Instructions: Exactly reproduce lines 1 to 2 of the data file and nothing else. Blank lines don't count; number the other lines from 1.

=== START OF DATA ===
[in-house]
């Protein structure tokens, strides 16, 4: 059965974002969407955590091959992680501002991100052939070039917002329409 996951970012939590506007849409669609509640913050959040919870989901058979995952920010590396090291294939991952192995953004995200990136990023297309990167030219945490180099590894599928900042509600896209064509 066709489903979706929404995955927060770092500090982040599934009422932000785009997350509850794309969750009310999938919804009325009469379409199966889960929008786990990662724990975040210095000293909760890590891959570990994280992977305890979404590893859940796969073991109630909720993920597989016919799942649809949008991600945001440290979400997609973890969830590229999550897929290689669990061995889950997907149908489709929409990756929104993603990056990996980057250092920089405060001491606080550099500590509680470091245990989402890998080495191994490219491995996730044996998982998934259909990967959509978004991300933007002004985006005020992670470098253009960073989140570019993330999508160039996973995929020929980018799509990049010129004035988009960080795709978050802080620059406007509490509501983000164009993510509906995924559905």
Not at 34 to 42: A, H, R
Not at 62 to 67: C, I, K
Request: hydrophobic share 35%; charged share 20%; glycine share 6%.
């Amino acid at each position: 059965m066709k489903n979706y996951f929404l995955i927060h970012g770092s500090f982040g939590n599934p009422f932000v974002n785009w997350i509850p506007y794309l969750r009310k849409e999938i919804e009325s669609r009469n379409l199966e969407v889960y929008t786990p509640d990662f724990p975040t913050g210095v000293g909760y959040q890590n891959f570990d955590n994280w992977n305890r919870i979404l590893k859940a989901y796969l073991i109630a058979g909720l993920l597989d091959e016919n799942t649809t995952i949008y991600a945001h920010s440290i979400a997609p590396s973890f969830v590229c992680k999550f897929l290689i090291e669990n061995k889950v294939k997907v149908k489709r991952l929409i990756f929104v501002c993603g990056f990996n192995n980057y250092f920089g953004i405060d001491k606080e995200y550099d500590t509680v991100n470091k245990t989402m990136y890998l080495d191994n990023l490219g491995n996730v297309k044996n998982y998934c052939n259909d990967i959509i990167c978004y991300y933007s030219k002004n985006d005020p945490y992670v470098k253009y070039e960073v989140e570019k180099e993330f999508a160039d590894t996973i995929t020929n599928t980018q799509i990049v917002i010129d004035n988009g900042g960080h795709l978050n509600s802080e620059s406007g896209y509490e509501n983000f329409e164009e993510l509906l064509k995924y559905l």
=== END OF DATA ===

[in-house]
């Protein structure tokens, strides 16, 4: 059965974002969407955590091959992680501002991100052939070039917002329409 996951970012939590506007849409669609509640913050959040919870989901058979995952920010590396090291294939991952192995953004995200990136990023297309990167030219945490180099590894599928900042509600896209064509 066709489903979706929404995955927060770092500090982040599934009422932000785009997350509850794309969750009310999938919804009325009469379409199966889960929008786990990662724990975040210095000293909760890590891959570990994280992977305890979404590893859940796969073991109630909720993920597989016919799942649809949008991600945001440290979400997609973890969830590229999550897929290689669990061995889950997907149908489709929409990756929104993603990056990996980057250092920089405060001491606080550099500590509680470091245990989402890998080495191994490219491995996730044996998982998934259909990967959509978004991300933007002004985006005020992670470098253009960073989140570019993330999508160039996973995929020929980018799509990049010129004035988009960080795709978050802080620059406007509490509501983000164009993510509906995924559905």